Cover Story - Your Identity Compromised

If you've ever served in the military, graduated from college or taken out a mortgage on your home there's a chance your personal information has been compromised!

The company that loses that information is not required to tell you.

The fact is in the last year and a half just under 89 million people in this country have been the potential victims of identify theft, because someone has lost their information. Here's something else that may infuriate you. West Virginia doesn't require companies to tell you if they lost your information and they won’t allow you to freeze your credit report.
In Kentucky there is no breach notification law but you can freeze your credit report. In Ohio you'll get a heads up about your information but you can't freeze your credit report!

Veterans are also some of the latest potential victims of identity theft. A computer from a veteran’s administration employee was stolen this year. Now more than 28 million veterans have a potential new battle protecting their identity!

They're not alone. These papers are filled with examples of security breaches at colleges, government agencies and retailers across the country.

Assistant West Virginia Attorney Genera,l Charlie Fulton says adding even more insult to injury, if you live in West Virginia, you may never know. 31 states including Ohio currently have a law called breach notification. Companies that lose info about you have to tell you. A bill that would make this law in West Virginia died in last year's legislative session.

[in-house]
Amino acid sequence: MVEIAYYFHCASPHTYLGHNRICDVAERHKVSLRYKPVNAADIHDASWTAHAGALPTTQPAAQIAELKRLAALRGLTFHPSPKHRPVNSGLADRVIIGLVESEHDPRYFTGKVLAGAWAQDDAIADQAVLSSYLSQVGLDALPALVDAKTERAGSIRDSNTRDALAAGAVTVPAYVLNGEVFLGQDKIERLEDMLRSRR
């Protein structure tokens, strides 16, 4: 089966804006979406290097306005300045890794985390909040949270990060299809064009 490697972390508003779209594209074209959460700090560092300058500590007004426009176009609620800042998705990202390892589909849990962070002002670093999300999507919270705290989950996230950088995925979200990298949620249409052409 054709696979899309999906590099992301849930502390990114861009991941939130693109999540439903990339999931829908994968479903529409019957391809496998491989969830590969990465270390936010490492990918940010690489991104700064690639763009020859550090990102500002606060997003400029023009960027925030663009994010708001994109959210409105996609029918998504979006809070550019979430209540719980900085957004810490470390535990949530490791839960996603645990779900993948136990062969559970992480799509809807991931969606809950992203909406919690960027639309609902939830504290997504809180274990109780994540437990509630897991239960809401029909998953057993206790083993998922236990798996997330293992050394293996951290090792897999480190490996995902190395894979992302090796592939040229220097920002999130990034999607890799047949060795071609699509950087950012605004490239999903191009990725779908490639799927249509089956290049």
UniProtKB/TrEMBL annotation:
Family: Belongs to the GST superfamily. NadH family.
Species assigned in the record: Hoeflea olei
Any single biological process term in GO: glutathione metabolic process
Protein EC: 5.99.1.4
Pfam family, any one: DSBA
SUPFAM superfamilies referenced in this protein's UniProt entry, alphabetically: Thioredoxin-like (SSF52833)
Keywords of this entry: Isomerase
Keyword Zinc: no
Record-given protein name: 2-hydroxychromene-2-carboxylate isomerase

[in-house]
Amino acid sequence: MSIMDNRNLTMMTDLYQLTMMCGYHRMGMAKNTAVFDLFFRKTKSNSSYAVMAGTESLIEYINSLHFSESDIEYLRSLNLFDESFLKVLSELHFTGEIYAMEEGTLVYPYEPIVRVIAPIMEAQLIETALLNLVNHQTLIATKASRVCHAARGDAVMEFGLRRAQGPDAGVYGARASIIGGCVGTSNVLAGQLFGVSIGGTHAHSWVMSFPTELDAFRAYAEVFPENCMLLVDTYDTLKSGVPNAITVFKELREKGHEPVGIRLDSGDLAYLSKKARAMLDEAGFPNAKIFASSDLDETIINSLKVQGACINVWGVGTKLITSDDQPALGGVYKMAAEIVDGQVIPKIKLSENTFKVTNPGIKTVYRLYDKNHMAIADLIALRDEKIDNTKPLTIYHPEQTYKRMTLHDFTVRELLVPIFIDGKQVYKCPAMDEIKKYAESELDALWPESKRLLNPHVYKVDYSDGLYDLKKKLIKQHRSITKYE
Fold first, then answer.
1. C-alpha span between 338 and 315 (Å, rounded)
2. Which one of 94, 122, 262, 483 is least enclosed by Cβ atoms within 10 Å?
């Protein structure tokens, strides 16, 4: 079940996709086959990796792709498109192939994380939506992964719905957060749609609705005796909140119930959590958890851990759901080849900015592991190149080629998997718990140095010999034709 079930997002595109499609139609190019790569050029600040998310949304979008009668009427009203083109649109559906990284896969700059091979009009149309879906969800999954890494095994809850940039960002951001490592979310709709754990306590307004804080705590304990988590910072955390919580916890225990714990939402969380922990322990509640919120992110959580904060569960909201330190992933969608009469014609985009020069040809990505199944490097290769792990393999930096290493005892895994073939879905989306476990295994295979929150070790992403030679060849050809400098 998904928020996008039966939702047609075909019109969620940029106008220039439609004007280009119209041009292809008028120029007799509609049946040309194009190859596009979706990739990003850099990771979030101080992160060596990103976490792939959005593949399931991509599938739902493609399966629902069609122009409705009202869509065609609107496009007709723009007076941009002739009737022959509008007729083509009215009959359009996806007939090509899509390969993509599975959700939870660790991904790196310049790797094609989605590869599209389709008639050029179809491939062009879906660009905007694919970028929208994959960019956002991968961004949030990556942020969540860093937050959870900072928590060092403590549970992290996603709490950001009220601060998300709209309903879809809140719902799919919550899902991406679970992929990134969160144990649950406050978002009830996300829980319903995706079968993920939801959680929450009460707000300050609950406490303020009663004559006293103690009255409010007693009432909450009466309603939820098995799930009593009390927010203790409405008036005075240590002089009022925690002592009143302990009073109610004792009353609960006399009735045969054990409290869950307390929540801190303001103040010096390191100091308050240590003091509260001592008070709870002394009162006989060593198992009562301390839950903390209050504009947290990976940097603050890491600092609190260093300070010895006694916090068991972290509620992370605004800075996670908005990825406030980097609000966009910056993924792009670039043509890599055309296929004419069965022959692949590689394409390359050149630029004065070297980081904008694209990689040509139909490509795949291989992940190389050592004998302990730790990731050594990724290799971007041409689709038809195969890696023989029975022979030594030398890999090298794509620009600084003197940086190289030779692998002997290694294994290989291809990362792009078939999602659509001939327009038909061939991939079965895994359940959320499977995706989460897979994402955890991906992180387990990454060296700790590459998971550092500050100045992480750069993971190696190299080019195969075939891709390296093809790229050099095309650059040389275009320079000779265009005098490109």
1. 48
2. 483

Charlie Fulton says "it's a nightmare when your identity is stolen. I’d hate to think we'd be the fiftieth state to pass legislation to protect our consumers."

Here's a good example. Just recently we told you how a medical records company lost some information on employees at St. Francis Hospital and Thomas Memorial Hospital.

Mary Williams from St. Francis Hospital says "A couple of employees showed up to our human resources department with letters they received. And of course we had not heard anything about that until the employees brought the letters in."

Some states have also allowed consumers to freeze their credit reports letting no one but you the option of looking at your credit history.

The credit freeze bill died in West Virginia too last year. But with more and more cases of breaches out there and more real life examples the momentum may be turning. Fulton says it's up to our lawmakers.

Charlie Fulton comments, "anything that slows down the speed of credit reporting and information sharing has a cost effect. The question is how much the legislature is willing to compromise in terms of the cost."

This is a cost to businesses but one that may save you in the long run.

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